I need a high voltage power supply for the homemade CO2 laser I am building. I understand that a 15kV 60mA transformer is a thing, but its very big and heavy and its out of phase meaning each lug is only 7,500V and the difference is 15,000V. This would work for most applications but not one where i need 15kV positive and GROUND. I have seen simple arc lighter things that generate a supposed 15kV from a small battery, but the amps must be low? How can i design a simple 15kV high amperage transformer that can be smaller than a neon sign transformer?
Unfortunately, if you have the high-voltage coils, they must be isolated thickly so that you don't get a short-circuit between loops of the coil. Add a rather thick wire to conduct the current needed without excessive losses, and add plenty of coils, because with fewer coils you generate much less of magnetic field in the transformer (in relation to what goes out through supply wires and the rest of circuitry) - and you have a massive device.
The arc lighters are massively lossy devices. They take a relatively high current on the relatively short primary coiling, and can produce massive voltage on the secondary (which still needs to be isolated well, but can be now much shorter; fewer loops of coil) - but most energy goes 'poof' as heat, induction of wires, and losses in general; the energy efficiency is very poor - but since to create the spark you need very little energy, you can afford these losses, at benefit of small, simple, handy device.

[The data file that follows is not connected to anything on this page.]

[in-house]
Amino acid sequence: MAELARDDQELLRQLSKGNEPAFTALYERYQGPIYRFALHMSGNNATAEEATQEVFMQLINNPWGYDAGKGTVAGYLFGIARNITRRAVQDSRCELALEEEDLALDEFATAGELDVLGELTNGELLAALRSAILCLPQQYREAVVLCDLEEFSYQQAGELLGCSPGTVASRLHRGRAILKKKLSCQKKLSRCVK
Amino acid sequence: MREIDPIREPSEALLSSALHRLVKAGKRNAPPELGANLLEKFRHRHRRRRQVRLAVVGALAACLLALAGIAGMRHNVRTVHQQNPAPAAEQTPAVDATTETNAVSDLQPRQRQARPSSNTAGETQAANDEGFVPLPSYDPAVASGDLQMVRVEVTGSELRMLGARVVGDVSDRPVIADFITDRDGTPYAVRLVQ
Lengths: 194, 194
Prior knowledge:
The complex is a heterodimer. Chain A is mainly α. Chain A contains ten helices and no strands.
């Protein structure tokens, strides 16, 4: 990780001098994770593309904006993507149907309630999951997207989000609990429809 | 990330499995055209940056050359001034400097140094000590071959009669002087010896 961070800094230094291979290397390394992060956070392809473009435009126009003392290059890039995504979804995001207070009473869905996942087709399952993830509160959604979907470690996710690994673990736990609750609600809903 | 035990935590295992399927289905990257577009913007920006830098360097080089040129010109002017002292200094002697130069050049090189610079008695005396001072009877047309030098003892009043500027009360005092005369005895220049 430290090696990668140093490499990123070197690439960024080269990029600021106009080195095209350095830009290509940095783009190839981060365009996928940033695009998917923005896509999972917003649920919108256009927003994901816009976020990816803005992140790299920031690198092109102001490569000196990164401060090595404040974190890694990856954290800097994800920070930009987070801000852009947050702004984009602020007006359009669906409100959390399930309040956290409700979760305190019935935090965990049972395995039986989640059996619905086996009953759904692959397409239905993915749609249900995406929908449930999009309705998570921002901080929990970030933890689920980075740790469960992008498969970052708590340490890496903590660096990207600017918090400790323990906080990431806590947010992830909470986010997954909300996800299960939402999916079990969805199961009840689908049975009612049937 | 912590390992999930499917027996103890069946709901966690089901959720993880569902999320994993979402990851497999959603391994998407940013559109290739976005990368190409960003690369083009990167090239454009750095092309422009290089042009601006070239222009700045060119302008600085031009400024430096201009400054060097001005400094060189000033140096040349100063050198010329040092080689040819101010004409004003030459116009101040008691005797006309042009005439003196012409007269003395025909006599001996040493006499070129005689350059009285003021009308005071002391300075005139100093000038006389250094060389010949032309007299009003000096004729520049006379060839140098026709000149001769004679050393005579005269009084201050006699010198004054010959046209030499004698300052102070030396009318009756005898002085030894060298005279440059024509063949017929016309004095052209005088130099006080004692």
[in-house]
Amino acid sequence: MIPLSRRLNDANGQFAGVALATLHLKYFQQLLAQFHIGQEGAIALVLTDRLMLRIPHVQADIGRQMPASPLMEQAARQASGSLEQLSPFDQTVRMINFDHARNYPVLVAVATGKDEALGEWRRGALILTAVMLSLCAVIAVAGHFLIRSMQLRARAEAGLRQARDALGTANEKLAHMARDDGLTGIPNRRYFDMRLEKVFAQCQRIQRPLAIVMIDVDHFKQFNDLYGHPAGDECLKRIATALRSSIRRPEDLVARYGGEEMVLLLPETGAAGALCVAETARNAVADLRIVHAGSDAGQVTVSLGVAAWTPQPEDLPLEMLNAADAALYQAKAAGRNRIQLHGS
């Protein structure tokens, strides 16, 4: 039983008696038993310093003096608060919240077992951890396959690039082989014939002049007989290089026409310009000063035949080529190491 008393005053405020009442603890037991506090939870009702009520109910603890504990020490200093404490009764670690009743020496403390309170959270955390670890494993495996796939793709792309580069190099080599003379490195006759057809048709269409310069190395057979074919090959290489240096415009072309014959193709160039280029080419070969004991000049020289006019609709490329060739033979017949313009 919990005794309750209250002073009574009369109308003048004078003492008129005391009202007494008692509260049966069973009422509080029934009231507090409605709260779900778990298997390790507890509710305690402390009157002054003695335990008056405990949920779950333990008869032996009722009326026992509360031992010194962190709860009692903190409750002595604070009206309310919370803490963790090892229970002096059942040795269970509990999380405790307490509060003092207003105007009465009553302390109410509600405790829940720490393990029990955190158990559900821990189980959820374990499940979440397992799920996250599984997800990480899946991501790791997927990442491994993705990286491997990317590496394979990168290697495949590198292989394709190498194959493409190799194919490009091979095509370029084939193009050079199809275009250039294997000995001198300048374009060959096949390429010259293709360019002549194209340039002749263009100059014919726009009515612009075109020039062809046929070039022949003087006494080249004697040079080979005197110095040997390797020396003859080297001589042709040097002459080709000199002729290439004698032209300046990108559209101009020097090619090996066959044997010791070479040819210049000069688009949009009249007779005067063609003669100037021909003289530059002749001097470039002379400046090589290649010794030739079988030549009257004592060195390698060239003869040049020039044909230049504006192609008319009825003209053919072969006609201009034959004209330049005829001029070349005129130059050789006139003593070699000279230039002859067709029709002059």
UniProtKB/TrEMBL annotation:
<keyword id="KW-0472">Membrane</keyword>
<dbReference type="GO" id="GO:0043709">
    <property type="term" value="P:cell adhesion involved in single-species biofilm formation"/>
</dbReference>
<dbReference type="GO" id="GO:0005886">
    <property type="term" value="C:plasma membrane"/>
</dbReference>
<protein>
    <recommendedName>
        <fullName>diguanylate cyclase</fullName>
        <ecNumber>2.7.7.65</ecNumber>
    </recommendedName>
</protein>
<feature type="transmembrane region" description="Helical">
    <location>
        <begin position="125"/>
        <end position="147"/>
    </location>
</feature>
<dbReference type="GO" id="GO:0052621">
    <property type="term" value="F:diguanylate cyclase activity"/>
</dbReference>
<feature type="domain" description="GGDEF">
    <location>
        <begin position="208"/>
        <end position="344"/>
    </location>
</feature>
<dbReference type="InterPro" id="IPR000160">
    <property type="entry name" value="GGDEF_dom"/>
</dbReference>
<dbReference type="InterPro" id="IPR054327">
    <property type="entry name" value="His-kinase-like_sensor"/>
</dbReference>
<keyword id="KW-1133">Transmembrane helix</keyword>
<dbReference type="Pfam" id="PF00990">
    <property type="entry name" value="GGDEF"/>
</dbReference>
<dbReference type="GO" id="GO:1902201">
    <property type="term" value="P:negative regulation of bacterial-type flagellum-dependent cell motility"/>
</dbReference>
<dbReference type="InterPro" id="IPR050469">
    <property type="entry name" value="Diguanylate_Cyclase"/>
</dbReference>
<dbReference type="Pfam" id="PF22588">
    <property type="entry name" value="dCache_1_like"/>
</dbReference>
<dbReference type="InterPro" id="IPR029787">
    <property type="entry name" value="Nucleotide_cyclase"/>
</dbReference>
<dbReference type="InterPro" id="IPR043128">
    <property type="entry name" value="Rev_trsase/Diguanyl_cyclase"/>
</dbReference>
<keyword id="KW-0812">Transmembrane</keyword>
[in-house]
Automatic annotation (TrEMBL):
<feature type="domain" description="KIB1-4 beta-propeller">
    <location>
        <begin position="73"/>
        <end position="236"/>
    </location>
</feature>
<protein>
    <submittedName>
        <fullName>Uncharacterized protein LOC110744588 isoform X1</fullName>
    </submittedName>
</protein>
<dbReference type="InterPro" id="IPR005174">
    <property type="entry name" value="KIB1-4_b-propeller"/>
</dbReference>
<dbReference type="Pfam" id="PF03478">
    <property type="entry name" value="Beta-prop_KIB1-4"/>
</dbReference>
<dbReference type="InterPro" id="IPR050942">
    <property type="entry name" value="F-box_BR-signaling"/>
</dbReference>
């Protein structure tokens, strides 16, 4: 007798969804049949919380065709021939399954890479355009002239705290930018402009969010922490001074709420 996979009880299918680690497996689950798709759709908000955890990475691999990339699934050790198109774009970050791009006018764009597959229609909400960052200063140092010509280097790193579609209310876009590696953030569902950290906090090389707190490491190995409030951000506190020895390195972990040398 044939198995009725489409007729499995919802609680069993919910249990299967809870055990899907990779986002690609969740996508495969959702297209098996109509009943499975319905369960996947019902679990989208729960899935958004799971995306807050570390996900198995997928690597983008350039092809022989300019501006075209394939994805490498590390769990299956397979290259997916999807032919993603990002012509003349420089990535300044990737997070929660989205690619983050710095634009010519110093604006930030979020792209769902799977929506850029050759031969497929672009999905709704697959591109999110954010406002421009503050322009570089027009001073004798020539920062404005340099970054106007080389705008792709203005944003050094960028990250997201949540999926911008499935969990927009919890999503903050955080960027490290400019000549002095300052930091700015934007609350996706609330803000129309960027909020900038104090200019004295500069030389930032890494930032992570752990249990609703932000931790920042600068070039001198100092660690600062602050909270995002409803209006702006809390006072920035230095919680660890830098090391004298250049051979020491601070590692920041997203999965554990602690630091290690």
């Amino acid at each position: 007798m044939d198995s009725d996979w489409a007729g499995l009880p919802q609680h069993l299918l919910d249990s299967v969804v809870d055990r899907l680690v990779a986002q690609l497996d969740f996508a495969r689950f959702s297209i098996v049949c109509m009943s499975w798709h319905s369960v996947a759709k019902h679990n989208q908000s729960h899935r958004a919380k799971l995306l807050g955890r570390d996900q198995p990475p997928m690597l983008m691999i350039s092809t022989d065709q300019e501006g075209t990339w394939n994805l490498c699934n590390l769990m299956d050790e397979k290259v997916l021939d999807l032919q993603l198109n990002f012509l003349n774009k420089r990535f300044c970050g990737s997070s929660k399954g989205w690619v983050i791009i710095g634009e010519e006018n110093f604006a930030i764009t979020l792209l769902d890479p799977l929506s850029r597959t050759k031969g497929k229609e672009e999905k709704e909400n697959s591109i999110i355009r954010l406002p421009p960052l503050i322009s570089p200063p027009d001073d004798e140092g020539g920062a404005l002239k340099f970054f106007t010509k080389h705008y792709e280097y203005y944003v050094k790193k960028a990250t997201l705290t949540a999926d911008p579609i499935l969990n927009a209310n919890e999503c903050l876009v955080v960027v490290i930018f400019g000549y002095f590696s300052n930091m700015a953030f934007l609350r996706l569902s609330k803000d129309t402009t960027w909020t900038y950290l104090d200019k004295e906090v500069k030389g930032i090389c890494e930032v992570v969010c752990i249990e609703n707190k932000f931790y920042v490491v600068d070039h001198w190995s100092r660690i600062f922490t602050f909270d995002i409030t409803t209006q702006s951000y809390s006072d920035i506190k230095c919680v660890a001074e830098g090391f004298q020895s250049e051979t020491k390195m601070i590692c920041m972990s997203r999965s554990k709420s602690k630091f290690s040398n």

If you want to get reasonably good efficiency, you must retain the primary:secondary loops count ratio, but you need much more loops on the primary, and thicker wire on secondary. And you can't really afford low efficiency, because the puny 3.7V battery of a spark lighter will barely heat up your circuit, while massive losses with much higher current will melt the wires and set things on fire.
Voltage and Current multiply to give power. 15kV times 60mA is the same as 60Volt times 15 Amps (=900 Watts) You would not expect that to be a tiny thing, would you? And that power is without transformation losses.
Keep in mind that 900 watts a common size for an electric space heater. This is not trivial power you are dealing with.